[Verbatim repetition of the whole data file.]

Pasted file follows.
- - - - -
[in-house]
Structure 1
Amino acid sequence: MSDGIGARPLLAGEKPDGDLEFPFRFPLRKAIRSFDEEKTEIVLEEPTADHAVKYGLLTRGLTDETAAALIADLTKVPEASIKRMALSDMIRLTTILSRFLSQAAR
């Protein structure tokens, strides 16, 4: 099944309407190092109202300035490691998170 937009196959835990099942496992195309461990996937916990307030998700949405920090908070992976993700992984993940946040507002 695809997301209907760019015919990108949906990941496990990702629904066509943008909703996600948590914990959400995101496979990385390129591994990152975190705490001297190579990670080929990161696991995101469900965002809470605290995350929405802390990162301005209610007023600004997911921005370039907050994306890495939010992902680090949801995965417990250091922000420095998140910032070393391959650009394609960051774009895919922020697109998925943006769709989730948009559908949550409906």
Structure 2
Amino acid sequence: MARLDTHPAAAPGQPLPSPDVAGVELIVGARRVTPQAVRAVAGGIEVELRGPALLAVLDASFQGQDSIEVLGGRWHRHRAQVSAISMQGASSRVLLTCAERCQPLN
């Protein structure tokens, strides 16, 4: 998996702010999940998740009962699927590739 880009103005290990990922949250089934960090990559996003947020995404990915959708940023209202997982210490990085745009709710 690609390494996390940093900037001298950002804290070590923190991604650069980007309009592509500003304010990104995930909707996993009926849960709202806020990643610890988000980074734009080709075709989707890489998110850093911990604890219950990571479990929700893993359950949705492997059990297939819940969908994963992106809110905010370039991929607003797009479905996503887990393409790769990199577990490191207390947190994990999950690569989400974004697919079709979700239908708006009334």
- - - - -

[in-house]
Structure 1
Amino acid sequence: MSDGIGARPLLAGEKPDGDLEFPFRFPLRKAIRSFDEEKTEIVLEEPTADHAVKYGLLTRGLTDETAAALIADLTKVPEASIKRMALSDMIRLTTILSRFLSQAAR
């Protein structure tokens, strides 16, 4: 099944309407190092109202300035490691998170 937009196959835990099942496992195309461990996937916990307030998700949405920090908070992976993700992984993940946040507002 695809997301209907760019015919990108949906990941496990990702629904066509943008909703996600948590914990959400995101496979990385390129591994990152975190705490001297190579990670080929990161696991995101469900965002809470605290995350929405802390990162301005209610007023600004997911921005370039907050994306890495939010992902680090949801995965417990250091922000420095998140910032070393391959650009394609960051774009895919922020697109998925943006769709989730948009559908949550409906």
Structure 2
Amino acid sequence: MARLDTHPAAAPGQPLPSPDVAGVELIVGARRVTPQAVRAVAGGIEVELRGPALLAVLDASFQGQDSIEVLGGRWHRHRAQVSAISMQGASSRVLLTCAERCQPLN
């Protein structure tokens, strides 16, 4: 998996702010999940998740009962699927590739 880009103005290990990922949250089934960090990559996003947020995404990915959708940023209202997982210490990085745009709710 690609390494996390940093900037001298950002804290070590923190991604650069980007309009592509500003304010990104995930909707996993009926849960709202806020990643610890988000980074734009080709075709989707890489998110850093911990604890219950990571479990929700893993359950949705492997059990297939819940969908994963992106809110905010370039991929607003797009479905996503887990393409790769990199577990490191207390947190994990999950690569989400974004697919079709979700239908708006009334």